Pakistani mango growers blame low exports on poor logistics

Top Stories
Pakistani mango growers blame low exports on poor logistics

Pakistan's Mango Growers Association (MGA) president Syed Zahid Hussain Gardezi says a lack of logistical facilities is holding back exports, website reported.

He said this year the industry is unlikely to hit its 150,000 metric tons (MT) export target with a predicted volume of 100,000MT by the end of September.

"However, like the previous year the target appears to be an uphill task spurred by the logistic problems which have emerged as the single most deterrent factor towards realization of our cherished objective," he was quoted as saying.

Gardezi said fruit exporters had told him that foreign shipping companies' casual approach to Pakistan had pushed many of them to the verge of bankruptcy.

He claimed last month a shipment destined for for Dubai was shipped to Qatar, causing irreparable damage to the exporters.

Gardezi said Pakistan International Airlines had shown a similar attitude ignoring mango exporters' requests to take proper care of shipments, resulting in a 30% decline of air freight exports.

He criticized customs officials at Karachi Port and the Anti Narcotic Force for prolonging exports for different destinations.

In addition, he said importers had complained to Pakistan exporters about damage to shipments with tampered consignments.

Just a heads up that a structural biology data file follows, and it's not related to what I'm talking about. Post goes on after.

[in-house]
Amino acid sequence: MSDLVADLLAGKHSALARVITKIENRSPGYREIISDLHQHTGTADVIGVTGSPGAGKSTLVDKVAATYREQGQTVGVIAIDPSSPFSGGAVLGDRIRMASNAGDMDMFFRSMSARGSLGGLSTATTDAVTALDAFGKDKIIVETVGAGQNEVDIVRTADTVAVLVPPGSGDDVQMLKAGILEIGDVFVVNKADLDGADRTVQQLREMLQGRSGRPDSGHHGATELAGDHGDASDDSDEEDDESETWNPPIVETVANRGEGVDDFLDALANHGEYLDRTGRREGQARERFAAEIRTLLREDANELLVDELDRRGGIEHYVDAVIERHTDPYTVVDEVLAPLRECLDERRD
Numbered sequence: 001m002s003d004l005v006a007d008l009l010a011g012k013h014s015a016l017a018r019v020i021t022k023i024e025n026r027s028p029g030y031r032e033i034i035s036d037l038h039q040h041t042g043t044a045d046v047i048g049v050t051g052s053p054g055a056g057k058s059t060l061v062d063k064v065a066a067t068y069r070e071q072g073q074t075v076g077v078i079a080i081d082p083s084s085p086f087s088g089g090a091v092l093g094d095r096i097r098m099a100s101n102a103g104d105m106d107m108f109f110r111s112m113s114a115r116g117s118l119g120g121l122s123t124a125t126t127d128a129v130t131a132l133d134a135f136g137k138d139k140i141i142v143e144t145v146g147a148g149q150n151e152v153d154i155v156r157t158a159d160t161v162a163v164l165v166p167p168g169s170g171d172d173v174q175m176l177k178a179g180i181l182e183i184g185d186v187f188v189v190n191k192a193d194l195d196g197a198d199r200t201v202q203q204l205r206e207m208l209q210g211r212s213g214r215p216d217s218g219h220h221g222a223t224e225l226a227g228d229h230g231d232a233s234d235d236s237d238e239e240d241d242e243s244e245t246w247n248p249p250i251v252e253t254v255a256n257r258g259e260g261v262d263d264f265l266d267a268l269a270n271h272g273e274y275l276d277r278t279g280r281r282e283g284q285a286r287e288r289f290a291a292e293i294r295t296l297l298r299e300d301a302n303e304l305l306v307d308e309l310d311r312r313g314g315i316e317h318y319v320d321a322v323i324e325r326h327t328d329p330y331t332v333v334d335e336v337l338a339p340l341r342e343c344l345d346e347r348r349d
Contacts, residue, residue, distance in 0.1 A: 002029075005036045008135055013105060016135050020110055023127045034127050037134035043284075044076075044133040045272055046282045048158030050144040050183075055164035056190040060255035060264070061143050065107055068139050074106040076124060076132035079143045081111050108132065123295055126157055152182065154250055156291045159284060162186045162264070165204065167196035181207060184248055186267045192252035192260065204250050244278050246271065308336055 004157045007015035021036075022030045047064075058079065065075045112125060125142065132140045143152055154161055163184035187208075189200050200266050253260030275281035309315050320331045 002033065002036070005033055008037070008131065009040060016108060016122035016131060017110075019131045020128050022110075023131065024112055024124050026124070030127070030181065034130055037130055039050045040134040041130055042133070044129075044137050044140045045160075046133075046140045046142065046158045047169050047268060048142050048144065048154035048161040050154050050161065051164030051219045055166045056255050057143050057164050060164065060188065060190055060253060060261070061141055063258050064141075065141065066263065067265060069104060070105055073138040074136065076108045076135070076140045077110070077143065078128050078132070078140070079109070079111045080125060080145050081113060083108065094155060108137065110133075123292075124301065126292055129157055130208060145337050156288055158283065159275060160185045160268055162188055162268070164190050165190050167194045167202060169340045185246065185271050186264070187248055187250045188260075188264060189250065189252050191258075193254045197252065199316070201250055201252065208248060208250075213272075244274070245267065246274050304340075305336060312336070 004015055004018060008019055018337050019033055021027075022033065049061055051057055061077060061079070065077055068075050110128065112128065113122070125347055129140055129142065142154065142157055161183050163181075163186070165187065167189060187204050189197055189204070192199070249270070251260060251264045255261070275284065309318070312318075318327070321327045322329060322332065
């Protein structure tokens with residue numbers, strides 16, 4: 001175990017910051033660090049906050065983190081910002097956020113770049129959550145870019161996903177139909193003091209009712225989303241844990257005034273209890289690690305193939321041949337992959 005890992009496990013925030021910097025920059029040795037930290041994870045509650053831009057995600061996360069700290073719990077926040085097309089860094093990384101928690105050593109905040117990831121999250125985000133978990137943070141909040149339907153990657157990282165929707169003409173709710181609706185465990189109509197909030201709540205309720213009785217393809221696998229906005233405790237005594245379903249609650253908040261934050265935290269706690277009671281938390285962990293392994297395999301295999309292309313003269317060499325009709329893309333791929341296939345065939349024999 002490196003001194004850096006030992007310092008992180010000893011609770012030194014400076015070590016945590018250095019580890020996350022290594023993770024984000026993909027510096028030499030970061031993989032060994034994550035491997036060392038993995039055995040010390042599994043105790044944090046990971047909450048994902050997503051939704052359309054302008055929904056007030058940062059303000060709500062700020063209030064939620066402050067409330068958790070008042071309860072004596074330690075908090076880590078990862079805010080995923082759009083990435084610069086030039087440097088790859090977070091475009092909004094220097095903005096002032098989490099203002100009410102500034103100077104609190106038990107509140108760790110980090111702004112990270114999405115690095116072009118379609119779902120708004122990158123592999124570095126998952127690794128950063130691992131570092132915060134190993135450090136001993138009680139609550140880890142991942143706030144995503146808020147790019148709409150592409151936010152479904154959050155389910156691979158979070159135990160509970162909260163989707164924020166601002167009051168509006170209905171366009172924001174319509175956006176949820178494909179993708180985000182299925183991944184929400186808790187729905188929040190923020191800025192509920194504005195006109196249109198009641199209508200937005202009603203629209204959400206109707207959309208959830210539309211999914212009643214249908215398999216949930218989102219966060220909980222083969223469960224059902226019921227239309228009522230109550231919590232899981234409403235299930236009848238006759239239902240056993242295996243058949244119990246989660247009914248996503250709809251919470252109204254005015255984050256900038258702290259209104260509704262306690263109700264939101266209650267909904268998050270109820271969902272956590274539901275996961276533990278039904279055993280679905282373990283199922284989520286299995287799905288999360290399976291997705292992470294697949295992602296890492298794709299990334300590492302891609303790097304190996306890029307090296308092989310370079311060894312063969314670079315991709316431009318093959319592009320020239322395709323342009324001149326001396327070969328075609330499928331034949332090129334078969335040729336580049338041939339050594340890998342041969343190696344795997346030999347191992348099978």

Alongside this, he claimed many foreign airlines were no longer flying to Pakistan leaving exporters at the mercy of the national airline.

He maintained the prevailing crisis was further exacerbated by the international trading ban to Iran, which used to import around 30,000MT annually.

However, the country's first 2.5MT consignment to South Korea at the beginning of July had generated further 22MT of orders, according to Pakistan Horticulture Development and Export Company (PHDEC).

PHDEC chief executive officer Bashir Hussein, said this year his organization had finalized paperwork for mango exports to Australia.

He added a trial shipment sent to the Netherlands had taken 26 days with the mangoes arriving in good condition. He said this proved that sea shipments were a cheaper alternative for bulk exports to Europe compared with air freight.

Bashir added that Netherland imports for 2011-12 were 537MT, more than three times 2010-2011's figure of 184MT.

He forecast exports for 2012 would be just over 100,000MT, compared with 92,000MT in 2011, 85,000MT in 2010 and 75,000MT in 2009.

Subscribe to our newsletter